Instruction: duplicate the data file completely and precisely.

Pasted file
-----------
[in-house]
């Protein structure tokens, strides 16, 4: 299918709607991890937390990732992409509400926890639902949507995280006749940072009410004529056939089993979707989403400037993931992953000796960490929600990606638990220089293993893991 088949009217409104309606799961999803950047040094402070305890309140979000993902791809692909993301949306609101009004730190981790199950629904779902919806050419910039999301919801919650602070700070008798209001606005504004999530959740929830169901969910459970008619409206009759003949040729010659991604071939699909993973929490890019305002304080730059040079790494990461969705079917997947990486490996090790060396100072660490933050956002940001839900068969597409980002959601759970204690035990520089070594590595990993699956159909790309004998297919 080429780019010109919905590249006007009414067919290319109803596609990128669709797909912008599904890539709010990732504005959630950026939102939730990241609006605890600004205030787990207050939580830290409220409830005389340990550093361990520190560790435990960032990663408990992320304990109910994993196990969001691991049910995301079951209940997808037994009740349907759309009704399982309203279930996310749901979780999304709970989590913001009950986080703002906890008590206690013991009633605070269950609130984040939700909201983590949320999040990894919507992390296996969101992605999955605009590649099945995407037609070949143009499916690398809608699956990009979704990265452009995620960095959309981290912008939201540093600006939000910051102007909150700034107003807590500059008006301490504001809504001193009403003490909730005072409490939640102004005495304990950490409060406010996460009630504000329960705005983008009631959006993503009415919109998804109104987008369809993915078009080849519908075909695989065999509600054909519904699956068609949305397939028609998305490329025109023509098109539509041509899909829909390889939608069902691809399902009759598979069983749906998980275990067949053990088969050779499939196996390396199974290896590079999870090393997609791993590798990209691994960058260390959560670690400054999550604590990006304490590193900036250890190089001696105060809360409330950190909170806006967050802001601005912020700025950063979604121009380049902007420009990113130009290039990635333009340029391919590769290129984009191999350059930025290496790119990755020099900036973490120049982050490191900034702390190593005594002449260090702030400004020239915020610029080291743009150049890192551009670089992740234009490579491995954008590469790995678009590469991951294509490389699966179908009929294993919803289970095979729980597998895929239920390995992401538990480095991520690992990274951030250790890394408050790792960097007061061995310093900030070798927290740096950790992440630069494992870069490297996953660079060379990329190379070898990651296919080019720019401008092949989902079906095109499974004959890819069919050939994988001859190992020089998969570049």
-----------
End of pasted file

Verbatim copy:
[in-house]
């Protein structure tokens, strides 16, 4: 299918709607991890937390990732992409509400926890639902949507995280006749940072009410004529056939089993979707989403400037993931992953000796960490929600990606638990220089293993893991 088949009217409104309606799961999803950047040094402070305890309140979000993902791809692909993301949306609101009004730190981790199950629904779902919806050419910039999301919801919650602070700070008798209001606005504004999530959740929830169901969910459970008619409206009759003949040729010659991604071939699909993973929490890019305002304080730059040079790494990461969705079917997947990486490996090790060396100072660490933050956002940001839900068969597409980002959601759970204690035990520089070594590595990993699956159909790309004998297919 080429780019010109919905590249006007009414067919290319109803596609990128669709797909912008599904890539709010990732504005959630950026939102939730990241609006605890600004205030787990207050939580830290409220409830005389340990550093361990520190560790435990960032990663408990992320304990109910994993196990969001691991049910995301079951209940997808037994009740349907759309009704399982309203279930996310749901979780999304709970989590913001009950986080703002906890008590206690013991009633605070269950609130984040939700909201983590949320999040990894919507992390296996969101992605999955605009590649099945995407037609070949143009499916690398809608699956990009979704990265452009995620960095959309981290912008939201540093600006939000910051102007909150700034107003807590500059008006301490504001809504001193009403003490909730005072409490939640102004005495304990950490409060406010996460009630504000329960705005983008009631959006993503009415919109998804109104987008369809993915078009080849519908075909695989065999509600054909519904699956068609949305397939028609998305490329025109023509098109539509041509899909829909390889939608069902691809399902009759598979069983749906998980275990067949053990088969050779499939196996390396199974290896590079999870090393997609791993590798990209691994960058260390959560670690400054999550604590990006304490590193900036250890190089001696105060809360409330950190909170806006967050802001601005912020700025950063979604121009380049902007420009990113130009290039990635333009340029391919590769290129984009191999350059930025290496790119990755020099900036973490120049982050490191900034702390190593005594002449260090702030400004020239915020610029080291743009150049890192551009670089992740234009490579491995954008590469790995678009590469991951294509490389699966179908009929294993919803289970095979729980597998895929239920390995992401538990480095991520690992990274951030250790890394408050790792960097007061061995310093900030070798927290740096950790992440630069494992870069490297996953660079060379990329190379070898990651296919080019720019401008092949989902079906095109499974004959890819069919050939994988001859190992020089998969570049």